Good morning, We have filed form i-751. We included joint tax forms from the past two years, joint credit card statement, benefit information (she is in my benefits, medical/dental/vision), life insurance (she is my beneficiary), photos and five affidavits. Was this enough? I have read information in other forums that leads me to believe that more was required. If this was not enough, can I submit additional information? Thank you.
The I-751 receipt notice advises you to submit supporting documentation if you have not already done so. The implicaiton is that you can submit more evidence if you wish after filing the I-751. So if you feel that you could submit more supporting documentation, you can do so. You should note your receipt number and submit a copy of the I-751 receipt notice so that your additional documentation hopefully gets into your file.
If what you submitted is not enough, USCIS will either request more documents, or will schedule an interview. If an interview is scheduled, you will be able to submit additional documents then.
J Charles Ferrari Eng & Nishimura 213.622.2255 The statement above is general in nature, as not all the facts are known. You should retain an attorney to review all the facts specific to your case in order to receive advise specific to your case. The statement above does not create an attorney/client relationship.
Determination of the adequacy of the documents is made by a USCIS officer exercising subjective discretion. It would be wise to submit a more extensive set of documents, but it is possible that the documents you described will suffice. If, for example in connection with your conditional residence interview, you submitted particularly strong and extensive evidence including, for example, evidence that you and your wife have had a child together, then at the I-751 stage fewer documents will be required. If you submitted many credit card statements showing payment for household expenses for both spouses, that might be pretty strong. Photographs and affidavits generally are not considered very strong evidence, since they can be Photoshopped or the significance of the photographs may be unclear, and affidavits often are discounted as likely to be biased. Adding joint bank account statements and residential lease/ownership records would be helpful.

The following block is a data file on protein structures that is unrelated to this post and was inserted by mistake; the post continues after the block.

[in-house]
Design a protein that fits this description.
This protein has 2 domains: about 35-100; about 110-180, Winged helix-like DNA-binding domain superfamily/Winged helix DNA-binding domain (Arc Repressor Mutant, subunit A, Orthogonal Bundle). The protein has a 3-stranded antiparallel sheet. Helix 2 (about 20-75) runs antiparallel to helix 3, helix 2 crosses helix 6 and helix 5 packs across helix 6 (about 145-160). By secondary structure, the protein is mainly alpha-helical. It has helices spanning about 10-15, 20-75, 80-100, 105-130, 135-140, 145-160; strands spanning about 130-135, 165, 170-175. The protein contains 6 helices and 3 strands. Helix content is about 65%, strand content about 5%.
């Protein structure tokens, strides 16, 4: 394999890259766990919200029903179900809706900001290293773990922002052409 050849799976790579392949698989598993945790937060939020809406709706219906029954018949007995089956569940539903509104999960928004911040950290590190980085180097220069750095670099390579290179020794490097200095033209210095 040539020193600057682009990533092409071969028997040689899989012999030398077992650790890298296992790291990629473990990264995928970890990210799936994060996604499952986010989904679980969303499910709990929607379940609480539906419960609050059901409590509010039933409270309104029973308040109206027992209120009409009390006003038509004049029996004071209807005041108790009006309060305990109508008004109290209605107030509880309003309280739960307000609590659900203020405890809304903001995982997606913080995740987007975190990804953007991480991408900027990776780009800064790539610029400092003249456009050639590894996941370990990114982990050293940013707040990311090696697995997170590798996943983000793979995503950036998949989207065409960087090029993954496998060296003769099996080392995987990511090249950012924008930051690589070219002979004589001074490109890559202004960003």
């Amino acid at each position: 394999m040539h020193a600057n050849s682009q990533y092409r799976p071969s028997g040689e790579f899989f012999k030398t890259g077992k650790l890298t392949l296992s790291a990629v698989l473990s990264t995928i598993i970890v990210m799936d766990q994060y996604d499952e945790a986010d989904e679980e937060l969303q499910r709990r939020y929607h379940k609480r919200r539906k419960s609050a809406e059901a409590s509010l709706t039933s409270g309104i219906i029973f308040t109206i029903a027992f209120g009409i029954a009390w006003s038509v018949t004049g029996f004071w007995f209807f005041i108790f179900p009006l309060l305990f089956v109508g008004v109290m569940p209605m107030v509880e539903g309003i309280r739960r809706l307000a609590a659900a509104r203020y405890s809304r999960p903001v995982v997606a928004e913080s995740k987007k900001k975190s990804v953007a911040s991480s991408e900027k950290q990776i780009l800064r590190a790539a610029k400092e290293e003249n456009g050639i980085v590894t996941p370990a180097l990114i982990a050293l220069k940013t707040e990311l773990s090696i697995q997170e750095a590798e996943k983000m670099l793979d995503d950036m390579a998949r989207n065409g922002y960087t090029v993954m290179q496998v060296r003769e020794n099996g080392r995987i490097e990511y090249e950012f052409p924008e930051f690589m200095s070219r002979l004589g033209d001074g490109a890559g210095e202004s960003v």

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David N. Soloway
Frazier, Soloway & Poorak, P.C.
1800 Century Place, Suite 100
Atlanta, Georgia 30345 www.fspklaw.com
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[Note: Consistent with Avvo policy, this communication is intended as general information and not specific legal advice, and this communication does not create an attorney-client relationship.] David N. Soloway Frazier, Soloway & Poorak, P.C. 1800 Century Place, Suite 100 Atlanta, Georgia 30345 www.fspklaw.com 404-320-7000 * 1-877-232-5352 * firstname.lastname@example.org
In most cases that would be enough but USCIS has the option to request more evidence or schedule your case for an interview depending on the facts of your case whether you are living together, other fraud factors they use to analyze cases, and the documentation you submitted. Once you get the Receipt with the case number you can try and supplement with adidtional materials but no guarantee they will reach the file. Best to wait until they ask for them in my opinion.
Lynne R. Feldman, Attorney at Law
Concentrating in Immigration and Nationality Law
2221 Camino Del Rio South, Suite 201
San Diego, CA 92108
phone: (619) 299-9600, facsimile: (619) 923-3277
Formerly Adjunct Professor -- Immigration law
University of Illinois College of Law